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The World Health Organisation (WHO) estimates a projected shortfall of 10 million health workers by 2030, mostly in low and lower-middle income countries.

The reasons behind this deficit are – as you might expect – complex, but its central pillars are: continuing chronic under-investment in education and training of health workers in many countries; a discrepancy between education and employment policies in relation to individual healthcare systems and population needs; difficulties in deploying health workers to remote and underserved areas; and the increasing international migration of health workers away from low and lower-middle income countries.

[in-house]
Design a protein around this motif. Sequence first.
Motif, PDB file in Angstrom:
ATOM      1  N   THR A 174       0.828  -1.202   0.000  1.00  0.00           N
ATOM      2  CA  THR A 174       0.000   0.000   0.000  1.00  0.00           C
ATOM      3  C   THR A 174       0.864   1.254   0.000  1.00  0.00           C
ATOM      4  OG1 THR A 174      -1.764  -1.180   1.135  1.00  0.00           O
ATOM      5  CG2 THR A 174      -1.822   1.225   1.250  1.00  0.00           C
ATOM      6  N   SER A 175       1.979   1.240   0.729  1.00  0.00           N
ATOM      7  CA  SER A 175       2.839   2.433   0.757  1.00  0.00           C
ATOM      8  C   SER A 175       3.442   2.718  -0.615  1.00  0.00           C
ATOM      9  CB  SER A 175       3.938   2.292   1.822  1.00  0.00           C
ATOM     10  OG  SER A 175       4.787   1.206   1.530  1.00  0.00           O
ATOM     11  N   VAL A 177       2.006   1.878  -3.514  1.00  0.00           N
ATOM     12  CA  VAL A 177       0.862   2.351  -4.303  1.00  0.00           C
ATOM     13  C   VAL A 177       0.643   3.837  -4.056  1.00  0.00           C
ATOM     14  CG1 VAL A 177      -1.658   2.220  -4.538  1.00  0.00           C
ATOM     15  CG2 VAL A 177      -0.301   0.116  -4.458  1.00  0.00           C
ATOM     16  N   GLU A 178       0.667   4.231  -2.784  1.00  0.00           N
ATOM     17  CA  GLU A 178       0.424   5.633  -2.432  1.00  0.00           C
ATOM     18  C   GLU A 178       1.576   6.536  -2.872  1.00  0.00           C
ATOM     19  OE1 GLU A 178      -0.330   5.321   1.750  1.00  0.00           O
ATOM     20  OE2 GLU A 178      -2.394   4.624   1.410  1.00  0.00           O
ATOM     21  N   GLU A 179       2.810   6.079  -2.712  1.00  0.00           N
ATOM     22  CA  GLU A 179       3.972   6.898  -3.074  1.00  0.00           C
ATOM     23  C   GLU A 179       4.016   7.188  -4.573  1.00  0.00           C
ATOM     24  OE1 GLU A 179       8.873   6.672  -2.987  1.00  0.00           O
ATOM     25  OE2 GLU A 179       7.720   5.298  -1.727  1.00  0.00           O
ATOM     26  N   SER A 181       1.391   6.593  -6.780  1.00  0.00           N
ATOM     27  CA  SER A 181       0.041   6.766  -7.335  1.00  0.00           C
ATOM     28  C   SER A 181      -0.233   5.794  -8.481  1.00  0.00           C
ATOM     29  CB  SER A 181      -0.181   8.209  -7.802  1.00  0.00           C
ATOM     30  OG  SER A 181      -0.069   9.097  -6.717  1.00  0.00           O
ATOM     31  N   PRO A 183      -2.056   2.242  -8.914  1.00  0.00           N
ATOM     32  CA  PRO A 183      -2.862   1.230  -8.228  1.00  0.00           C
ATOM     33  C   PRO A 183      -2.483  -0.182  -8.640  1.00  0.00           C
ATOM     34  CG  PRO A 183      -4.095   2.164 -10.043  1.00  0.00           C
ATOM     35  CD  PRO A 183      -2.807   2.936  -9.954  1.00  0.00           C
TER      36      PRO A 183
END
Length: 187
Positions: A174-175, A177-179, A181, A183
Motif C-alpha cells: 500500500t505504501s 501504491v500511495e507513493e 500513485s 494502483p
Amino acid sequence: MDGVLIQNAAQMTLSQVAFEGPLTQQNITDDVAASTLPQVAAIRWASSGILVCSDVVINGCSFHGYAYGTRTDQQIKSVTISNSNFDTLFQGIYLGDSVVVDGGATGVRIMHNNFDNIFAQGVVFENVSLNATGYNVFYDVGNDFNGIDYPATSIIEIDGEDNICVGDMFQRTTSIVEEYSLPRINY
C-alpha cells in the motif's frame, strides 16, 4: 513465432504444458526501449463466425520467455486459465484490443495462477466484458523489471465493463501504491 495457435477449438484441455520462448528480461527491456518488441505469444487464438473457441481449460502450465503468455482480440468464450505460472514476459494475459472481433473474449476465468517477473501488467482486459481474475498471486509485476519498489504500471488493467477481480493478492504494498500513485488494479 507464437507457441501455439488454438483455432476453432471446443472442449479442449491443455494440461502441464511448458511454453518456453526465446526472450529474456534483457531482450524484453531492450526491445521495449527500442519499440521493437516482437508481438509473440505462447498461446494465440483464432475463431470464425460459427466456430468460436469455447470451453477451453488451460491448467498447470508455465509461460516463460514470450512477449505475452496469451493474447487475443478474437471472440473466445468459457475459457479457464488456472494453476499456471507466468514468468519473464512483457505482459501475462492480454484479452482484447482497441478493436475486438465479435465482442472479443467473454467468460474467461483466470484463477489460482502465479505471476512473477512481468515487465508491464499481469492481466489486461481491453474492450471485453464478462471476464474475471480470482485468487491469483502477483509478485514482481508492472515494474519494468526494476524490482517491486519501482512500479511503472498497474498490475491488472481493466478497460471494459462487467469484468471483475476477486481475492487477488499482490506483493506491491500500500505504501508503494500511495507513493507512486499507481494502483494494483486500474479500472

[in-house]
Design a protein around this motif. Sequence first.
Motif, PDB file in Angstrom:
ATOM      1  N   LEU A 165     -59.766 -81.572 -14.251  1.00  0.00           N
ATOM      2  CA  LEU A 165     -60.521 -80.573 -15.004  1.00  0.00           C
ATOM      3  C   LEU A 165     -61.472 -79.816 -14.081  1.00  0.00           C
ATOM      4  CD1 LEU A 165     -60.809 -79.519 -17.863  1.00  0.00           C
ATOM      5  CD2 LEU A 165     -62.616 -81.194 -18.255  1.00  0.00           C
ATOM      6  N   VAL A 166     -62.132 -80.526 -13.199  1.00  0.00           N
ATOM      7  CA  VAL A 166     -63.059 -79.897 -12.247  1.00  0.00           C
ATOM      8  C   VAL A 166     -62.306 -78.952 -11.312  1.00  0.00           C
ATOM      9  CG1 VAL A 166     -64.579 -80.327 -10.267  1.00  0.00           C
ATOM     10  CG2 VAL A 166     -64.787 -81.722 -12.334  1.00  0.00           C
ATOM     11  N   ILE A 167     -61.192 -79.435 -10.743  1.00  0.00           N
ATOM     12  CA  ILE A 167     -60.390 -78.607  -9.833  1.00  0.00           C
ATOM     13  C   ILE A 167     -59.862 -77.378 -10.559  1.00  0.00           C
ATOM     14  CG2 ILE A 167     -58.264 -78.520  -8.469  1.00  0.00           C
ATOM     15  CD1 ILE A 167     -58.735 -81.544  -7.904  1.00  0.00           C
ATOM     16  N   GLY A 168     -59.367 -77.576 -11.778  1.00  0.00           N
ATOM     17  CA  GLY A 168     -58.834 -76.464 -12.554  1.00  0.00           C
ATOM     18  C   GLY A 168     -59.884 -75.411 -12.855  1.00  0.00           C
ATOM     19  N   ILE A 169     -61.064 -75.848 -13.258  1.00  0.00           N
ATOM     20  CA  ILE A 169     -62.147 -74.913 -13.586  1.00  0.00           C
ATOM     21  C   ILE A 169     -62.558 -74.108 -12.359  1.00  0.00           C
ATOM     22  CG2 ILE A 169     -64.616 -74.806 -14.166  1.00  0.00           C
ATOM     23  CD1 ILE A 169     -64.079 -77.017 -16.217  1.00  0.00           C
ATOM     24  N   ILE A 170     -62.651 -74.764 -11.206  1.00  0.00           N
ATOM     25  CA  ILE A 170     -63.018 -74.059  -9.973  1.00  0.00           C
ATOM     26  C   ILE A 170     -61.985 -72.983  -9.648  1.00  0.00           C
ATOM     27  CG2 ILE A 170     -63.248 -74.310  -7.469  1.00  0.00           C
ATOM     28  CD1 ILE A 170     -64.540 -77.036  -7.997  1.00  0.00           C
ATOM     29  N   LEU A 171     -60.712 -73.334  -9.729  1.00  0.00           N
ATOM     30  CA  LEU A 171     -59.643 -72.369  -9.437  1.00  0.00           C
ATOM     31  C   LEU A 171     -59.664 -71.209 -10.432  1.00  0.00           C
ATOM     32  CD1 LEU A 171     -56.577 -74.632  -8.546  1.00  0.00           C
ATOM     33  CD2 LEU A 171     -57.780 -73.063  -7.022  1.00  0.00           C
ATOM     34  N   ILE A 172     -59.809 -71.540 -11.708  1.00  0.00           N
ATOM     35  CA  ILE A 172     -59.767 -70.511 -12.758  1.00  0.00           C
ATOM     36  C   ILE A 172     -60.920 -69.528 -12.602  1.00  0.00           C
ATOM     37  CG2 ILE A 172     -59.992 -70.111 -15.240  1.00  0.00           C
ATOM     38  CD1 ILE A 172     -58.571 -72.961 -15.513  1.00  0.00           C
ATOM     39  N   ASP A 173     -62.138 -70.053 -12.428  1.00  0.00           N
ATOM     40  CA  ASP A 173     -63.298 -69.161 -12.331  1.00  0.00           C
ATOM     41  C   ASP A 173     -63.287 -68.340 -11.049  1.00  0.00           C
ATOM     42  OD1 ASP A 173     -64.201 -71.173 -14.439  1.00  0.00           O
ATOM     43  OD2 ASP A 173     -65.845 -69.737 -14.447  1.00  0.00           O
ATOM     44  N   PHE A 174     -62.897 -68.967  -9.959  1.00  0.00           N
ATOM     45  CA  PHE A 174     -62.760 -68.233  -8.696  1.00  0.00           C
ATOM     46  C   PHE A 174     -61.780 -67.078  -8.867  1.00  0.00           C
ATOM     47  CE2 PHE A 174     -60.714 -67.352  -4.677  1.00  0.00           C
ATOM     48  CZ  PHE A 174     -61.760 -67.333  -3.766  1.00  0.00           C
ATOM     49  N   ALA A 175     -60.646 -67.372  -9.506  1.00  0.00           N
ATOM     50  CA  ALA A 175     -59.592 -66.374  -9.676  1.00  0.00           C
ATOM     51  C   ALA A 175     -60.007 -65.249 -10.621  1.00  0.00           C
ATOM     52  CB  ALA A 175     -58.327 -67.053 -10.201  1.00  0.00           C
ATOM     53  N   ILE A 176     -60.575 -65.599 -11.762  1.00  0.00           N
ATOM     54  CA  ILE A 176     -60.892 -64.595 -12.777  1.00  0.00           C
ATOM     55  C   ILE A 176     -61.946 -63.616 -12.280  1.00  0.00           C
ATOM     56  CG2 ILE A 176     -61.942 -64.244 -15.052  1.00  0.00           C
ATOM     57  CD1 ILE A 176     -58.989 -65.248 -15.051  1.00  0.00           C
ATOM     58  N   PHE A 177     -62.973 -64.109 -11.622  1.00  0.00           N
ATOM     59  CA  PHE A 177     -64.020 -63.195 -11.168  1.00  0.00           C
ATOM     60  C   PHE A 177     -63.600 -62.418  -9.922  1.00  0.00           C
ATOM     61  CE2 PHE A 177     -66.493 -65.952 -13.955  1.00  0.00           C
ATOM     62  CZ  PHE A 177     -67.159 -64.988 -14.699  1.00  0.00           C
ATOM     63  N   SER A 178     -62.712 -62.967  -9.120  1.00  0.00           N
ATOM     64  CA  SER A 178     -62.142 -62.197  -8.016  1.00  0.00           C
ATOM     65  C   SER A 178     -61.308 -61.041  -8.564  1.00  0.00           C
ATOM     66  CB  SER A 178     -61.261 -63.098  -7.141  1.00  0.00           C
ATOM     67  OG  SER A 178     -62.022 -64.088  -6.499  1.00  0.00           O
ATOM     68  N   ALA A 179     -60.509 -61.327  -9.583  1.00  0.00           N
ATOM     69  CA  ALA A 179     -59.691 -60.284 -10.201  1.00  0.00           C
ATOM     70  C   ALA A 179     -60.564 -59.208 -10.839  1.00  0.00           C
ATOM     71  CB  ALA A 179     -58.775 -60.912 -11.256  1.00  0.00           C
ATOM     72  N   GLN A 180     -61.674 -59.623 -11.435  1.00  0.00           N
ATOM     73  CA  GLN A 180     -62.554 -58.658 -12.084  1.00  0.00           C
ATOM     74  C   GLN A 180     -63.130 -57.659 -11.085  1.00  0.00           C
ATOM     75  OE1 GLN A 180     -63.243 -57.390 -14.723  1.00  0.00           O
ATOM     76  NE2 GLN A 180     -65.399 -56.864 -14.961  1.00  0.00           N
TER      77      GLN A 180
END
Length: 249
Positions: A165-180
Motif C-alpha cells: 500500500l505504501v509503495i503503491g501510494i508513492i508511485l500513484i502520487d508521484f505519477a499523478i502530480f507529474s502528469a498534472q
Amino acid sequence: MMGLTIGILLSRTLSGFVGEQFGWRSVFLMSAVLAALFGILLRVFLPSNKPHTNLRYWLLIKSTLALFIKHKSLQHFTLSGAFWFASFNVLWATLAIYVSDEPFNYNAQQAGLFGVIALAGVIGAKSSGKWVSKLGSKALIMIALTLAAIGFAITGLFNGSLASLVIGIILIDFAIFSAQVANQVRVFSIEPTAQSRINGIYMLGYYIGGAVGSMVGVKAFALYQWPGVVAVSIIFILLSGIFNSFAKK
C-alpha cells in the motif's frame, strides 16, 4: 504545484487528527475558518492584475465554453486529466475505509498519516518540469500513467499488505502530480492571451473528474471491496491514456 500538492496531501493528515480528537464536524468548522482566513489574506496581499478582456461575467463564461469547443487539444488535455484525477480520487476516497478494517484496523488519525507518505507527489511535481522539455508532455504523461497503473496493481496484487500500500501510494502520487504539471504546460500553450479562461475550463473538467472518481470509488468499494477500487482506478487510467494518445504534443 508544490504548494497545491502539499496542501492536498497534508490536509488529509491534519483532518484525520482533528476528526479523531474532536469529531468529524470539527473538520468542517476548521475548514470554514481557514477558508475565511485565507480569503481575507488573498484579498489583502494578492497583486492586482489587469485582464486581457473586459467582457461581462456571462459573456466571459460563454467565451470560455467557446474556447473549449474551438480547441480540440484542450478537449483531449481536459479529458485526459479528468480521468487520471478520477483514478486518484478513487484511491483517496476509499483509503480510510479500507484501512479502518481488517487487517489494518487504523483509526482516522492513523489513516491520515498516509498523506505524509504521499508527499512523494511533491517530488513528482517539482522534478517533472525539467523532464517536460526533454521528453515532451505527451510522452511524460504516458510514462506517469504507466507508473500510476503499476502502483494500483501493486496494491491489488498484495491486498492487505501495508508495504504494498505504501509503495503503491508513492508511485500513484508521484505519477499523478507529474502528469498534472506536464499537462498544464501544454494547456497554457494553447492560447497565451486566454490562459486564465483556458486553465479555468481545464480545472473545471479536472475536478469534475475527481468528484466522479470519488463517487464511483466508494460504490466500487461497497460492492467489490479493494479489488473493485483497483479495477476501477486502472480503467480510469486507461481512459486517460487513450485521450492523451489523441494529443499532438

According to the WHO, Africa, the Eastern Mediterranean and the Middle East will shoulder an increasing burden of workforce shortages, and projected shortfall figures are yet to take into account the impact of the pandemic on global healthcare systems.

Taking education as arguably the central issue in this deeply multifaceted international challenge provides a good lens through which we can view the problem.

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